Treasurer Joe Hockey has again put himself at odds with Prime Minister Tony Abbott by failing to rule out reforms to superannuation if the government wins a second term.

Prime Minister Tony Abbott has said super will not change in this or future terms, despite calls for an end to retirement tax breaks for wealthy retirees.

Reject

3 Tony Abbott’s Reject Shop photo aptly highlights the political worth of our PM. Every picture tells a story.

3 No wonder Parliament House cleaners are asking for a pay rise. People are leaking everywhere. Peter Hartcher, the journalist who got the leak in the first place, makes it clear that the cabinet dispute may never have seen the light of day were it not for extreme frustration within cabinet, not so much over the proposal of the policy itself but over the poor excuse for a cabinet process it constituted.

5 On World Environment Day UN Secretary General Kofi Annan says Australia is not taking credible action on Climate Action and calls us a free rider.

Two observations:

In terms of the environment. I wonder what price the people of tomorrow will pay for the stupidity of today

“We all incur a cost for the upkeep of our health. Why then should we not be liable for the cost of a healthy planet”

6 If the week in politics has revealed anything, it is that Tony Abbott is has never divorced himself from the negativity of opposition. He is continuously in electioneering mode. He told voters a Labor government posed a threat to their house prices and their superannuation.

“It is absolutely crystal clear what would happen if members opposite were ever to get back into government: the carbon tax would come back, the people smugglers would come back, the value of your house would go down – because hasn’t he been trying to talk down the economy for the last few days? And your superannuation is going to be raided again and again to try to get a Labor government out of trouble,” Abbott said.

He wants to pick fights with the opposition – even where there is agreement, or a strong prospect of it – and to deeply plumb populism. This maybe marginally helping in the polls, but it is degrading both policy and politics.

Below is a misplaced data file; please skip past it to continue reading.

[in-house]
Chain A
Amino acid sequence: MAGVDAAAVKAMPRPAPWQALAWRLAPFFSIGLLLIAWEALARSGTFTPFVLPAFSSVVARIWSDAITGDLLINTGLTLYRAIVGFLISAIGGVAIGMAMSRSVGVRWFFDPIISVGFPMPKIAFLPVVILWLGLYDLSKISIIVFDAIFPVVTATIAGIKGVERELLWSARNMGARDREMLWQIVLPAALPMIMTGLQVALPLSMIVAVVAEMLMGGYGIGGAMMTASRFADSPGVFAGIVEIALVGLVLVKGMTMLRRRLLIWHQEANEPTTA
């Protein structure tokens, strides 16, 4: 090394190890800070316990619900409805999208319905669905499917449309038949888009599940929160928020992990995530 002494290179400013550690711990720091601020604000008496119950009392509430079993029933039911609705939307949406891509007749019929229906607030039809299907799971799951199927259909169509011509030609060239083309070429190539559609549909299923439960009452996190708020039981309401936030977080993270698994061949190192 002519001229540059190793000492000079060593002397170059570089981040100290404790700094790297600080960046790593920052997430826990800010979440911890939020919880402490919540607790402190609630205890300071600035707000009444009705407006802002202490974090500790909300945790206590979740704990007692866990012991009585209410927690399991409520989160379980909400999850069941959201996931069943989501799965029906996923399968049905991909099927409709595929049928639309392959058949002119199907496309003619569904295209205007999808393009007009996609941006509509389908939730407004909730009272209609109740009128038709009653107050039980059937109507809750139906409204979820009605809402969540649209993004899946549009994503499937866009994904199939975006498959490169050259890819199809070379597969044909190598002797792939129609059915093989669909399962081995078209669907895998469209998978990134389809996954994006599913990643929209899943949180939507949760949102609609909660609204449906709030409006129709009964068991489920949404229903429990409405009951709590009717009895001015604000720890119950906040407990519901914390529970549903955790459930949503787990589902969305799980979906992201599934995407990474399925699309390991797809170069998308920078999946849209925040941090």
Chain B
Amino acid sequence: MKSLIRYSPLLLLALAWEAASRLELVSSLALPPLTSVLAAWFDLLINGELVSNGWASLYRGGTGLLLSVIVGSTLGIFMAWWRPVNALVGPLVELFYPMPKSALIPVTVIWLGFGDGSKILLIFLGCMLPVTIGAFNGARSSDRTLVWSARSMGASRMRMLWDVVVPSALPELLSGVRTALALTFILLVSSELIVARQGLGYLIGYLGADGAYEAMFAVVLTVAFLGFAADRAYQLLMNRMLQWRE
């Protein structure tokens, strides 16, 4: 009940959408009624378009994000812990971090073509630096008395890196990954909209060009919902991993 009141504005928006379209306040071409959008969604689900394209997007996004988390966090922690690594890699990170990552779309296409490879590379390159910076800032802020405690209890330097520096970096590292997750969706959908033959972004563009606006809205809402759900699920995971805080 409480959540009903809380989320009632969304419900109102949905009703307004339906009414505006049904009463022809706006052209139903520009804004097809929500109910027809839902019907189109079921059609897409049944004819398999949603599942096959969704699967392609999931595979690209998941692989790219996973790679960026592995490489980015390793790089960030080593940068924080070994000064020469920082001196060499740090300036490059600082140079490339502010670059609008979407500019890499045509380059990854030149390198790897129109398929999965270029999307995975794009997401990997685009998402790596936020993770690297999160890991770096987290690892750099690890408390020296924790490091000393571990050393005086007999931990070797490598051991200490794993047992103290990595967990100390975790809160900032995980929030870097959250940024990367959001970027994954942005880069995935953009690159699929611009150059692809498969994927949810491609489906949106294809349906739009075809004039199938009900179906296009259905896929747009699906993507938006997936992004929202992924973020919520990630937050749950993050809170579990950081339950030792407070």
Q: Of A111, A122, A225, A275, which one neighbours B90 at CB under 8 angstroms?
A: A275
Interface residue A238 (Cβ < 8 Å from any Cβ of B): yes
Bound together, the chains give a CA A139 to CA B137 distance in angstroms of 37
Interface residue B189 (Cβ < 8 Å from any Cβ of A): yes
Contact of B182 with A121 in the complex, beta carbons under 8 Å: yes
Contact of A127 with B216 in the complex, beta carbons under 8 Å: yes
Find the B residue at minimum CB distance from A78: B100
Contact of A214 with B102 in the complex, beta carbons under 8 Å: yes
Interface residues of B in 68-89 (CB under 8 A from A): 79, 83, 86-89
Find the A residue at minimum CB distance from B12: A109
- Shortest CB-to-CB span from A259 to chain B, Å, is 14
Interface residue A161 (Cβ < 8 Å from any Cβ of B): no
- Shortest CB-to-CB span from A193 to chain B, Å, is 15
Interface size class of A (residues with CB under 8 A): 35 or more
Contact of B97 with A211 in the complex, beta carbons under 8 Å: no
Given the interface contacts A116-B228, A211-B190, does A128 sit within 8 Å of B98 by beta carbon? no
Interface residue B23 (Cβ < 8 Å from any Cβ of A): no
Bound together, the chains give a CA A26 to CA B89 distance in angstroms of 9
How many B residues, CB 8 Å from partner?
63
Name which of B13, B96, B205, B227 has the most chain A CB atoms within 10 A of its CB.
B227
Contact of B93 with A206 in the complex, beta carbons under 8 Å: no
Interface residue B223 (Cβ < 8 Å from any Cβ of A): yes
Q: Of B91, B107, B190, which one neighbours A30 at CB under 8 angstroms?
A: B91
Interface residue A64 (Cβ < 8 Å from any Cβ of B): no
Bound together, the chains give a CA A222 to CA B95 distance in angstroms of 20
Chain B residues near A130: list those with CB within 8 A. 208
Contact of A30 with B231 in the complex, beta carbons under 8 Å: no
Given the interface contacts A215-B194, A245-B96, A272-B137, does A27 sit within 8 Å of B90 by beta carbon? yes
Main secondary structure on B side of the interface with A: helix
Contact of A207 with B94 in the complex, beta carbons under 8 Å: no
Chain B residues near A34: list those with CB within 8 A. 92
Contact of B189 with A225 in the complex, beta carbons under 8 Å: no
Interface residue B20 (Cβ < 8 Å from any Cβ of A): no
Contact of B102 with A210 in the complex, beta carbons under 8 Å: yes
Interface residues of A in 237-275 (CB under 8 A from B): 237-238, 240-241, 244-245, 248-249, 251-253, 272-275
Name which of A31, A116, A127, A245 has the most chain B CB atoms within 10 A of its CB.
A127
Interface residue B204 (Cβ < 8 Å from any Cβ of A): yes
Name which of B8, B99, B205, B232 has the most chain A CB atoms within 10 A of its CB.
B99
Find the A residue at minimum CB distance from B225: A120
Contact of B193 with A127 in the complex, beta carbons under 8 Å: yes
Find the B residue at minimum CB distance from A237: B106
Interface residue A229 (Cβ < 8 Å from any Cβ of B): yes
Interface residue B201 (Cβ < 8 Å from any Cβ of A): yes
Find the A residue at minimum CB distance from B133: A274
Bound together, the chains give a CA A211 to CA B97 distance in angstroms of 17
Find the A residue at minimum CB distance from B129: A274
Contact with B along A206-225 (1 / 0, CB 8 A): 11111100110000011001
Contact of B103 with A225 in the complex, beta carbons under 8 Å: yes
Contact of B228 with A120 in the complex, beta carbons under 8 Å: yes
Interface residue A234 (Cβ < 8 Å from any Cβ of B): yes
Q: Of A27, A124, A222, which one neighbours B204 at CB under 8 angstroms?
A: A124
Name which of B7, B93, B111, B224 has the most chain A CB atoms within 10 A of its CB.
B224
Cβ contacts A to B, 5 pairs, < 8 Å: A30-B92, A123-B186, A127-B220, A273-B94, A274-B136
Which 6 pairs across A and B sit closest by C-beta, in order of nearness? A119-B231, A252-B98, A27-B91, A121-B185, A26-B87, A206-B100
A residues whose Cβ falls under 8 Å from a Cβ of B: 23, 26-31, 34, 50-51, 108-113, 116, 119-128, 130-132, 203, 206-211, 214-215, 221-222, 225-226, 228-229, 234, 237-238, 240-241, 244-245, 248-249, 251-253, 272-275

We are still waiting for the adults.

A final thought.

I am having trouble coming to terms with the unhinged nature of the rhetoric in which our Prime Minister now engages.

And this is the week that was.

 

Australian Democracy at a Tipping Point

By Paul G. Dellit

Well, we may well have reached the tipping point between genuine democracy in Australia and the beginnings of creeping fascism. You may think this to be one of those ‘shock-horror’ attention-grabbing opening sentences. It is. And I also believe it to be an unalloyed statement of the danger we now face.

History is littered with hindsight surprise that those with power and those who might have opposed those with power didn’t take action to avoid an obviously looming disaster. Of course, the ‘loomingness’ of disasters is often not appreciated by its contemporaries. It would be naive to expect otherwise. Couldn’t they see that the South Sea Bubble would burst? Couldn’t they see that a grossly overheated investment market populated with stocks that were either massively overvalued or worthless would result in ever-widening ripples of market failures and a worldwide Great Depression. Couldn’t they see you don’t fix Depressions by reducing the size of economies. Obviously they couldn’t see any of those things. And with the dawning optimism of a new century, they couldn’t even remember them, or if they could, they were playing that ‘main chance’ game of ‘I’ll make what I can make out of this and bugger all of the rest of them who lose the lot’.

Prime Minister Abbott and his acolytes, Ministers Dutton and Morrison, propose the passing of a law that would create a precedent for the end of the rule of law in this country. It would invest a Minister with the powers of policeman, judge and jury to act upon an untested suspicion of guilt to deprive an Australian of his/her citizenship. Following current LNP practice, the reasons for stripping someone of their citizenship would be deemed secret for security reasons. So this Ministerial power would be exercised covertly and absolutely beyond judicial or other form of independent review. The Minister would be required to form his suspicions on the basis of the intelligence provided to him. The name Dr. Haneef immediately springs to mind. But even if our security organisations and the foreign security organisations with whom they trade information were as infallible as our PM believes the Pope to be, and even if they had no self-interested agendas, the Minister invested with this power could exercise it to suit his own ends – say, just before an election – to manufacture a terrorist scare and then appear to be the ‘man of the hour’ who restores our peace of mind (coincidentally winning the votes of a few more undecided Alan Jones listeners to save his marginal seat).